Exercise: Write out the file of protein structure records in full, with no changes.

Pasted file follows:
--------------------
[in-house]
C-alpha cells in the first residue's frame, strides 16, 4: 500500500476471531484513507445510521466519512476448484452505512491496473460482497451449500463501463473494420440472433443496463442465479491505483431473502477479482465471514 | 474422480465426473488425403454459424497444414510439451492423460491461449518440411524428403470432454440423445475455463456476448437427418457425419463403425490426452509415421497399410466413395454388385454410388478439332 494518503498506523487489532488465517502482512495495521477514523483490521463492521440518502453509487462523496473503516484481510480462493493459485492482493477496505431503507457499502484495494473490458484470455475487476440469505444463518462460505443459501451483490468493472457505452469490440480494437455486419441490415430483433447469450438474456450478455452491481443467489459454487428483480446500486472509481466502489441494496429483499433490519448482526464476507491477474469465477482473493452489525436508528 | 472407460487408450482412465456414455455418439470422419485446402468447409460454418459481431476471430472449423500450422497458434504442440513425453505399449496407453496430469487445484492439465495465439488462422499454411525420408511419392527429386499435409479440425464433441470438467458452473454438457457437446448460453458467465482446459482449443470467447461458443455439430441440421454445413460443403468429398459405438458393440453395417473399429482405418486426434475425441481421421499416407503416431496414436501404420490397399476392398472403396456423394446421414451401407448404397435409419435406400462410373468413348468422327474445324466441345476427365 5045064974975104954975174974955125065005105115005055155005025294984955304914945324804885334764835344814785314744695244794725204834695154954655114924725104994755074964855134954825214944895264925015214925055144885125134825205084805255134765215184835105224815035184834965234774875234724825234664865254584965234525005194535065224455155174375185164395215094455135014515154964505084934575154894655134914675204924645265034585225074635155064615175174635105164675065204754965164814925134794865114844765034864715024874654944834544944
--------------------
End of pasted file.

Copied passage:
[in-house]
C-alpha cells in the first residue's frame, strides 16, 4: 500500500476471531484513507445510521466519512476448484452505512491496473460482497451449500463501463473494420440472433443496463442465479491505483431473502477479482465471514 | 474422480465426473488425403454459424497444414510439451492423460491461449518440411524428403470432454440423445475455463456476448437427418457425419463403425490426452509415421497399410466413395454388385454410388478439332 494518503498506523487489532488465517502482512495495521477514523483490521463492521440518502453509487462523496473503516484481510480462493493459485492482493477496505431503507457499502484495494473490458484470455475487476440469505444463518462460505443459501451483490468493472457505452469490440480494437455486419441490415430483433447469450438474456450478455452491481443467489459454487428483480446500486472509481466502489441494496429483499433490519448482526464476507491477474469465477482473493452489525436508528 | 472407460487408450482412465456414455455418439470422419485446402468447409460454418459481431476471430472449423500450422497458434504442440513425453505399449496407453496430469487445484492439465495465439488462422499454411525420408511419392527429386499435409479440425464433441470438467458452473454438457457437446448460453458467465482446459482449443470467447461458443455439430441440421454445413460443403468429398459405438458393440453395417473399429482405418486426434475425441481421421499416407503416431496414436501404420490397399476392398472403396456423394446421414451401407448404397435409419435406400462410373468413348468422327474445324466441345476427365 5045064974975104954975174974955125065005105115005055155005025294984955304914945324804885334764835344814785314744695244794725204834695154954655114924725104994755074964855134954825214944895264925015214925055144885125134825205084805255134765215184835105224815035184834965234774875234724825234664865254584965234525005194535065224455155174375185164395215094455135014515154964505084934575154894655134914675204924645265034585225074635155064615175174635105164675065204754965164814925134794865114844765034864715024874654944834544944